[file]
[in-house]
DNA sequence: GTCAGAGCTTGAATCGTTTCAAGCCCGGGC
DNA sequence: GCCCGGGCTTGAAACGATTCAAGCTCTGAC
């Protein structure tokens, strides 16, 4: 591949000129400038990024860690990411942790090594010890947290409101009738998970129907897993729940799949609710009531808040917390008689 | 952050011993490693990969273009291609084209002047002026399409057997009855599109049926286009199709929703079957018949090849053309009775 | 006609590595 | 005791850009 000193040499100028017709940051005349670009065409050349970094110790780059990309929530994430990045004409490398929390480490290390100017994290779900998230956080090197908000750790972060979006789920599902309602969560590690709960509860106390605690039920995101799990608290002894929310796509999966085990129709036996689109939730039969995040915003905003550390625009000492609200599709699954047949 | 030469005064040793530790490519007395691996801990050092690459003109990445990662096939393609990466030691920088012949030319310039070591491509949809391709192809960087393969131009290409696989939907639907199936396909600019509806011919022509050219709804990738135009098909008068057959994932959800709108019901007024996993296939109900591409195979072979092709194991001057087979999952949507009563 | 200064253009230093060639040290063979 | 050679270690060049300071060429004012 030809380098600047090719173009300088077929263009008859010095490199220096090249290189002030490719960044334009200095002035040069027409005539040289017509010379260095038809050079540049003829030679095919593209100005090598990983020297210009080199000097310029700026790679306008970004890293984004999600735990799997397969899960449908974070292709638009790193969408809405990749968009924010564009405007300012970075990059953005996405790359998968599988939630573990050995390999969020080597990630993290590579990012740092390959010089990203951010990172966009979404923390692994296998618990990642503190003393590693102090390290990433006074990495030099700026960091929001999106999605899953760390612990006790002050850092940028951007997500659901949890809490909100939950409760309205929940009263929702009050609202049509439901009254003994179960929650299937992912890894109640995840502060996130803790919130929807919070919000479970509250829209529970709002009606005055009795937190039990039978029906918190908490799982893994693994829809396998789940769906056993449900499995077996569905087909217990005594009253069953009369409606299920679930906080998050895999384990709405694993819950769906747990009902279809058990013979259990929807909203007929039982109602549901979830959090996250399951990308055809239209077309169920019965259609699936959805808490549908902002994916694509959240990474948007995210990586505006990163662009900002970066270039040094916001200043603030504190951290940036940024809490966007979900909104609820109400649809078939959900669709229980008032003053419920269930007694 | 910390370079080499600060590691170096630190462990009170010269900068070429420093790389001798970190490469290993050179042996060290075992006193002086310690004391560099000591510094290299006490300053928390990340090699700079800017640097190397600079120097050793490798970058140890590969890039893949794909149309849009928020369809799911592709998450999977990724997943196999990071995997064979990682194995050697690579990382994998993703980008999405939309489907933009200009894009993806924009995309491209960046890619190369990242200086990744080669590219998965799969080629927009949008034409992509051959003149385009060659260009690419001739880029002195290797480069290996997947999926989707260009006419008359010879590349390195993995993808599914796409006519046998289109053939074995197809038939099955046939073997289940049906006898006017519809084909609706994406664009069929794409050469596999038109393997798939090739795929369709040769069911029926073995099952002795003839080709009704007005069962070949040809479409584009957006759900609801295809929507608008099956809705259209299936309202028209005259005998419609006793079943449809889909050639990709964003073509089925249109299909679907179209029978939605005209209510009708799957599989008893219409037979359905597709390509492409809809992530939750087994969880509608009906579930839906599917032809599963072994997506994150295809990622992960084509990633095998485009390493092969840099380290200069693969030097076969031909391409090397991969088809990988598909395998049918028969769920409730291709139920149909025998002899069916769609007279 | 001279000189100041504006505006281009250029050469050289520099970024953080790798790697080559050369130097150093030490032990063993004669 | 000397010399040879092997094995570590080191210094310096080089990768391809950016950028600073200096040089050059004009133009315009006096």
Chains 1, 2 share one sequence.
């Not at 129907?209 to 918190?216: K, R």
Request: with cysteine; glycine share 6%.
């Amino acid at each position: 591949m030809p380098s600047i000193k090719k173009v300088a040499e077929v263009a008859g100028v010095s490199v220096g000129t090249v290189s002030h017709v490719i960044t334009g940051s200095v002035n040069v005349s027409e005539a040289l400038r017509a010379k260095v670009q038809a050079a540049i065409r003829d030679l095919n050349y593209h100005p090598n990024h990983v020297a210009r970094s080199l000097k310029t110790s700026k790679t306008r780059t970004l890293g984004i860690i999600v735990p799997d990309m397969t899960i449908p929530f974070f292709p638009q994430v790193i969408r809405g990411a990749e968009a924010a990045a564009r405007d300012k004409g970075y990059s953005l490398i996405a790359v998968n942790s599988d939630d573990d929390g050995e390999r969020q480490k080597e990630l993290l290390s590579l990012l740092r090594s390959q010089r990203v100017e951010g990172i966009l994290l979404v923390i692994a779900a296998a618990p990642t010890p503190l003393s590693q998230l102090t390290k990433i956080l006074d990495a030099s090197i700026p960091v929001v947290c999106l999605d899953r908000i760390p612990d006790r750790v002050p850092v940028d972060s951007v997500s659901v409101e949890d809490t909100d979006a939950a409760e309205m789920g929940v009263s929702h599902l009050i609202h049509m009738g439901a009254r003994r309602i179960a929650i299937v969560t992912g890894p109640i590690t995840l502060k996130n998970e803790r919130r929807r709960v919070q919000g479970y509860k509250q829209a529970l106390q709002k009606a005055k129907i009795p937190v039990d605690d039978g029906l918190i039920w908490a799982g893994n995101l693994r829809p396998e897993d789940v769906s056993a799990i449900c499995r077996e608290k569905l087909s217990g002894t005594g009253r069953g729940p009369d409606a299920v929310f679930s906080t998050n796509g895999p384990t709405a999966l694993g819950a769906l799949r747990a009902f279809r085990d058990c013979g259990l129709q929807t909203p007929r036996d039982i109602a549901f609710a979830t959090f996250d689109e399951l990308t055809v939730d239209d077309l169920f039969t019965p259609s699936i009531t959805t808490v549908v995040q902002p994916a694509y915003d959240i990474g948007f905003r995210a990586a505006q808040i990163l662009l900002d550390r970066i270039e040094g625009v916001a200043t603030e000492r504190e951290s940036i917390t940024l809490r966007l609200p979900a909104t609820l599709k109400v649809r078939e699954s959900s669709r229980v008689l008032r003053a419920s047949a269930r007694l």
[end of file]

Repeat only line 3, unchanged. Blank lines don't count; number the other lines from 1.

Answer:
DNA sequence: GCCCGGGCTTGAAACGATTCAAGCTCTGAC